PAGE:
Interview by David Dudenhoefer, Rainforest Alliance
“The challenge for nongovernmental organizations and the public and private sectors is to learn to work more closely together.”
Carmen Aída González has worked for the United States Agency for International Development (USAID) for the past nine years in the field of biodiversity conservation, which has provided her with extensive knowledge of Mesoamerica’s environmental problems and efforts to solve them. González began her career in development with the American NGO CARE and the Canadian International Development Agency, which she left to join the environmental team at USAID. Her career at USAID has included positions within the Regional Environmental Program for Central America (PROARCA) and her current post of Senior Alliance Coordinator and Performance Monitoring Advisor at the Rural Income and Natural Resources Office for Central America and Mexico.
González explains that her main responsibility is to manage two high profile regional alliances: the Mesoamerican Reef Alliance and the Certified Sustainable Products Alliance (CSPA). The first of these is a 3-year project that began in November, 2003 with a budget of $3 million provided by USAID and the United Nations Foundation. It is coordinated by the International Coral Reef Action Network (ICRAN) and involves a network of international and local organizations working in Mexico, Belize, Guatemala and Honduras to promote better management of coral reefs and private-sector involvement in their protection. It is divided into three components: watershed management, sustainable fishing and sustainable tourism.
The second of these projects, the Certified Sustainable Products Alliance, is a three-year initiative that was launched in June, 2004 with $8.6 million of USAID funding. It is coordinated by the Rainforest Alliance in conjunction with five local organizations in Central America and Mexico and its goal is to strengthen the competitiveness and sustainability of farming and forest operations in the region through certification, while improving labor conditions, the environment and the standard of living in rural communities. Through agreements with local and international companies — among them Gibson, Kraft Foods and Chiquita — this Alliance aims to increase the amounts and value of certified coffee, bananas and forest products sold in the region.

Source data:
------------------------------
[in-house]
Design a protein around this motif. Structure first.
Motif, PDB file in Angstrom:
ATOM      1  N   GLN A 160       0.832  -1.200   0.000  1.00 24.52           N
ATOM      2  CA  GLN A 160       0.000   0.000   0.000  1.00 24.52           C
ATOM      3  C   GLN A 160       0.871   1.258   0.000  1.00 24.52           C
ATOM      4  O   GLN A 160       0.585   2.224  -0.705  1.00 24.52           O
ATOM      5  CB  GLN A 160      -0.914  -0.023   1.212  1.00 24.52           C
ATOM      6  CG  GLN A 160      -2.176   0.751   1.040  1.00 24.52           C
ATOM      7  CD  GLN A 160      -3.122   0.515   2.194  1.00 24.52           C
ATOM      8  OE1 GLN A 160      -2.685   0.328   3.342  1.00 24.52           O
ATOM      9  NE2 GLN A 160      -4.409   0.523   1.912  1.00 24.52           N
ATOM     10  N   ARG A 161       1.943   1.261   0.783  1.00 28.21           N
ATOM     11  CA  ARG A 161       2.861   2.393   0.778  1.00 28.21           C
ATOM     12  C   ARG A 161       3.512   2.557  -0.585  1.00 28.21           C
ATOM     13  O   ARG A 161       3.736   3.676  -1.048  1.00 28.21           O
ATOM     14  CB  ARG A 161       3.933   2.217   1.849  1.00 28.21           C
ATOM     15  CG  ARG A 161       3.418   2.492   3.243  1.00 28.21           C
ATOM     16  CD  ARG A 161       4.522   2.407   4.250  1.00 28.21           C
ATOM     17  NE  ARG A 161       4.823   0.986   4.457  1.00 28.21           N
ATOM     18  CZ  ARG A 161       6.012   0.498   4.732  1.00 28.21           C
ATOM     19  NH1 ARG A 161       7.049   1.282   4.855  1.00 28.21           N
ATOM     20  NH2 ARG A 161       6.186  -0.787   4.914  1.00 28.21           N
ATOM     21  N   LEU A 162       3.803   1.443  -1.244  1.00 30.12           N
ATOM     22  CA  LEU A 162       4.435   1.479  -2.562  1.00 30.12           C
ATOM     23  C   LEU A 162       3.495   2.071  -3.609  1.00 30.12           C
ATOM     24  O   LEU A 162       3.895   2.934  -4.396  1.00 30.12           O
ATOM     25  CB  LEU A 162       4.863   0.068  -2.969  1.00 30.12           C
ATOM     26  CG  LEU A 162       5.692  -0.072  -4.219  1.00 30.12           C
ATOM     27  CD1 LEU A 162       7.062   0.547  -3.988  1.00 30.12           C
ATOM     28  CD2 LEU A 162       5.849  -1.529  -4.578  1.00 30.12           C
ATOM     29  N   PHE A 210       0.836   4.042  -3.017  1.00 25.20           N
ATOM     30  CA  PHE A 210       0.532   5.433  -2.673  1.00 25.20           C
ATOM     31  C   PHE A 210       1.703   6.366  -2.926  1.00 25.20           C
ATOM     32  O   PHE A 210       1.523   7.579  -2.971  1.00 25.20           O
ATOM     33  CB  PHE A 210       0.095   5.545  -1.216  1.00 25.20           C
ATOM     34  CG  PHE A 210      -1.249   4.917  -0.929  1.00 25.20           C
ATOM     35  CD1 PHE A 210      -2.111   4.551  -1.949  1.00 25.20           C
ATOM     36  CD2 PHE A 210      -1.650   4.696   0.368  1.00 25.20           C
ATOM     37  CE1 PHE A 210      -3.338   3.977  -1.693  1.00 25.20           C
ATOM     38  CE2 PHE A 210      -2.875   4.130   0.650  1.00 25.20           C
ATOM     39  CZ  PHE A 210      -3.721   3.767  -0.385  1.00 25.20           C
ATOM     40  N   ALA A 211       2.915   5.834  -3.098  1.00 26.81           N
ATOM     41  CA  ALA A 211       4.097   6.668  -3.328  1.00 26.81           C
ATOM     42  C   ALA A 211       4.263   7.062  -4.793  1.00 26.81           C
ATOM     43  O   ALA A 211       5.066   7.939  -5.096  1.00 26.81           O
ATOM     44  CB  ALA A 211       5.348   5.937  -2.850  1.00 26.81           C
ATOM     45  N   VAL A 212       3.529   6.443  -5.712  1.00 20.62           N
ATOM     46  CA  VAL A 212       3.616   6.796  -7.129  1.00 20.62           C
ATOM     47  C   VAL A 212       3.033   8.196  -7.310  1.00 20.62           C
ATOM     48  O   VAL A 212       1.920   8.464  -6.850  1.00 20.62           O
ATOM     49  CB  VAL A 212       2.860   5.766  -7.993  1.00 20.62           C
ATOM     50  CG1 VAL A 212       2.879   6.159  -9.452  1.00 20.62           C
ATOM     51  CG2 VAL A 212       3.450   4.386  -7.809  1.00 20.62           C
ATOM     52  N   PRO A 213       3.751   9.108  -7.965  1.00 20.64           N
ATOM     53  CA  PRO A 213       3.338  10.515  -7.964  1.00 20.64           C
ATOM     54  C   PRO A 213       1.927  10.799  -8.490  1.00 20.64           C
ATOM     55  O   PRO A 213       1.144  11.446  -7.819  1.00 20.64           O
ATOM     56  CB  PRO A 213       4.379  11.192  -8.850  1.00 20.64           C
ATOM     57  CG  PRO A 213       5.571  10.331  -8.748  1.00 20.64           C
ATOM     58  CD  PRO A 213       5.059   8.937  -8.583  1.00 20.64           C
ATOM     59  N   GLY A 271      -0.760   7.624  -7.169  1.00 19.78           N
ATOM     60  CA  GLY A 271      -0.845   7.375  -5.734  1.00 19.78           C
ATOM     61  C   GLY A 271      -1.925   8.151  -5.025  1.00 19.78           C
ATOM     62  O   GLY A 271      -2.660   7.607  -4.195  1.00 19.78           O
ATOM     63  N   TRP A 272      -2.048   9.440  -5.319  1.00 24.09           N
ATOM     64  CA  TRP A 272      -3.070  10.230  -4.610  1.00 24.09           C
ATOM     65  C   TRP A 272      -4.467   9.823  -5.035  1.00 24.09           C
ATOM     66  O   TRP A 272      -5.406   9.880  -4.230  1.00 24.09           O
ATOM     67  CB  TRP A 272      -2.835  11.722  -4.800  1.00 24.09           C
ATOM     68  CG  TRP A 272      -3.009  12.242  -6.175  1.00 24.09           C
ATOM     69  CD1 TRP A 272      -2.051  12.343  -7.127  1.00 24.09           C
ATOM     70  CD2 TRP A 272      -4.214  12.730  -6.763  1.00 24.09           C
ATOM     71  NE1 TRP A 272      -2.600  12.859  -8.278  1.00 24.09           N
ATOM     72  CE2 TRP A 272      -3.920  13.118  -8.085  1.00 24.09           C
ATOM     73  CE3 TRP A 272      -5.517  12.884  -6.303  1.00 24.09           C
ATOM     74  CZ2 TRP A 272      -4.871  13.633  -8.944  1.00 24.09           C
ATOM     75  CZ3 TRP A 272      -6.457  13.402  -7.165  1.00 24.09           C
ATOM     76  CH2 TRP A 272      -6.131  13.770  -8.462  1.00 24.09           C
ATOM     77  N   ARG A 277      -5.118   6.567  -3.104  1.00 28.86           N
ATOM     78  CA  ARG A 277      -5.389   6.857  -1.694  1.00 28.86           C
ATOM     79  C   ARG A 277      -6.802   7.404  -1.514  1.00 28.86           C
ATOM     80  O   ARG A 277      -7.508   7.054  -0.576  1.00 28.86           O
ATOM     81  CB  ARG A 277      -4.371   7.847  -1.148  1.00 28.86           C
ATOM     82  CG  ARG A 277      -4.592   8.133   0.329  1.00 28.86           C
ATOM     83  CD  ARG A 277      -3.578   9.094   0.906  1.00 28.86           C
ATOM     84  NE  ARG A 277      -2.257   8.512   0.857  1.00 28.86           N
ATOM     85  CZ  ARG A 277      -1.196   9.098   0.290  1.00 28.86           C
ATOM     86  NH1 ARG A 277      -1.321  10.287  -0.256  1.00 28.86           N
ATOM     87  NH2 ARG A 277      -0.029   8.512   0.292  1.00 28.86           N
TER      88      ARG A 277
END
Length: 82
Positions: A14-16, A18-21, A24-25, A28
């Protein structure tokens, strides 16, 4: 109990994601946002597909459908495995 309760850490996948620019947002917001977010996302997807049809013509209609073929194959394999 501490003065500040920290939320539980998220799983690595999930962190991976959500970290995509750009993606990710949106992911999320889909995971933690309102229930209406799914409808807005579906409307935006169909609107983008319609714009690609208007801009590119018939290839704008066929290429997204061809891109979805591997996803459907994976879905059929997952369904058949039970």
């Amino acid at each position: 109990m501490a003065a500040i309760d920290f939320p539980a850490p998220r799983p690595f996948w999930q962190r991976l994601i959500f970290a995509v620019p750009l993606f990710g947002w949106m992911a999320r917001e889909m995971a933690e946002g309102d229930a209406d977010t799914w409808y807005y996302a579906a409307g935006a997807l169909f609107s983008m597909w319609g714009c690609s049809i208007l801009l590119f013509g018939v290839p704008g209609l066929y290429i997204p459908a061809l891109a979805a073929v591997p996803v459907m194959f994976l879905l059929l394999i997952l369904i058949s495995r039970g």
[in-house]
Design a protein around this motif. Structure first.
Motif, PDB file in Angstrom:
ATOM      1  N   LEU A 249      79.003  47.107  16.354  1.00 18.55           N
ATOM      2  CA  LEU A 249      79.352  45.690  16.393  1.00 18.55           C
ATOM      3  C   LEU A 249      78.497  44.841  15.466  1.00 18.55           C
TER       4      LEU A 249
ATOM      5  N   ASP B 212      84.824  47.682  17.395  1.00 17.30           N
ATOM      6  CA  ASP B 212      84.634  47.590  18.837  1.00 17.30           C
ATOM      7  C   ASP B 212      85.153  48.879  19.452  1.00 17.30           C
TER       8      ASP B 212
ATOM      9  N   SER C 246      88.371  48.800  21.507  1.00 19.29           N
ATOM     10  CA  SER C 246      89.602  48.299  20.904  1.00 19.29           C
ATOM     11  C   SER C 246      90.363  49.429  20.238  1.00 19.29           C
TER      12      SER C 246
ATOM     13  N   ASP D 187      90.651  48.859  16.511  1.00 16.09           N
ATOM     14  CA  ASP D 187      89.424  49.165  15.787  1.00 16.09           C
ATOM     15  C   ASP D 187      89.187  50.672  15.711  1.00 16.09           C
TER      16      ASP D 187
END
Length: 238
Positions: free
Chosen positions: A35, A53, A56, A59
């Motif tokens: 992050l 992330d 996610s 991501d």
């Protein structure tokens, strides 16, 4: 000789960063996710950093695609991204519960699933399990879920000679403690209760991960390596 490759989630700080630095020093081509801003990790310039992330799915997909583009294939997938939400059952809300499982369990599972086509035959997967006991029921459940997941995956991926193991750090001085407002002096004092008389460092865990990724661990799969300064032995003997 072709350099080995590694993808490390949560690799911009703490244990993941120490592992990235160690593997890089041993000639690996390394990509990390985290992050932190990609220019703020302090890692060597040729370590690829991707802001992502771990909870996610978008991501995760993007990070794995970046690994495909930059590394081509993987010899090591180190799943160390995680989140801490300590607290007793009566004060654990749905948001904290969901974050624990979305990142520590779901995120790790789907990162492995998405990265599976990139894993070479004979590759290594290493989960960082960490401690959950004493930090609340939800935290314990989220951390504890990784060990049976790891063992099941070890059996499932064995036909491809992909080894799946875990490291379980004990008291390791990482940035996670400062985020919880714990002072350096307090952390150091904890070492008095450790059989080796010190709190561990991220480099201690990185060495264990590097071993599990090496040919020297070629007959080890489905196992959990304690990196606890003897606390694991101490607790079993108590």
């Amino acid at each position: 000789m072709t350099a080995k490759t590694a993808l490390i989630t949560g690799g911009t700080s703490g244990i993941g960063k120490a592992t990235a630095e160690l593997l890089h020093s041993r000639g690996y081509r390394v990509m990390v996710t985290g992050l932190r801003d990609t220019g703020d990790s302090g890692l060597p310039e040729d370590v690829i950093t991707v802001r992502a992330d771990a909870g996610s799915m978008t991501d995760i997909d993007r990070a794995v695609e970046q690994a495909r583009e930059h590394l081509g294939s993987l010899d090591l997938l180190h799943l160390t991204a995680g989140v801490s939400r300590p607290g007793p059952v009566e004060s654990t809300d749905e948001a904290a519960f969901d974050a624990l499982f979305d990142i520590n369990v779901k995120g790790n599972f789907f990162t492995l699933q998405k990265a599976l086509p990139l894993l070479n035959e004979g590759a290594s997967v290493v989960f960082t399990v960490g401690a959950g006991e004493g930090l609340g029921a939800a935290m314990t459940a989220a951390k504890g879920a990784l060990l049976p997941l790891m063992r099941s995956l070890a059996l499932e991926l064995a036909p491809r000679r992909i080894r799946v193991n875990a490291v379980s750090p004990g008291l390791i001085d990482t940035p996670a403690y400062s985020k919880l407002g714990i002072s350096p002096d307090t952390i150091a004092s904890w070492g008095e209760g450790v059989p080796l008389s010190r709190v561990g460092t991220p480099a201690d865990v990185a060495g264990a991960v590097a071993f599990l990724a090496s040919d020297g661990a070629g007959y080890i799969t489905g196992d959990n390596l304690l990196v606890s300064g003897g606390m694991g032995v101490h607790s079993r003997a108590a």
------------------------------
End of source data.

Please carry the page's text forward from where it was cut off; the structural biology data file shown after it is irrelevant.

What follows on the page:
Question: USAID has traditionally funded projects and programs. Why is it now forming alliances?
González: In 2002, USAID launched the Global Development Alliance, or GDA, which is an attempt to collaborate and work more closely with the private sector. One of the reasons for this change was the realization that the government and international development agencies that have traditionally worked in the developing world don’t have the kind of funds at their disposal that the private sector does. For example, 30 years ago, about 70 percent of resources moving from the United States to developing countries were government funds, but now only 20 percent of those resources are government funds, whereas 80 percent comes from the private sector. So we are aware that the private sector is devoting funds to projects with social and environmental goals, but those companies may not have found the most effective way of investing those funds, since those are not their areas of expertise — they have the interest and commitment, but little experience. USAID, on the other hand, has experience in these areas and can thus guide the private sector. They have the funds and other resources, and we have the experience. We know what the important issues are, who is involved in those issues, who is best suited to carry out activities and how they can have the greatest impact.
Q: Is this collaboration with the private sector something new for AID?
González: It is relatively new, though USAID does have some experience working in alliances and with the private sector. I was involved in the design of PROARCA II, which included protected area and green market components. That was really the first time USAID attempted to link an income generation and environmentally friendly product component with the conservation of biodiversity and protected areas. In this sense, PROARCA II was quite innovative for USAID.
Q: These two alliances appear to be different. How does each one fit into this change in the way USAID works?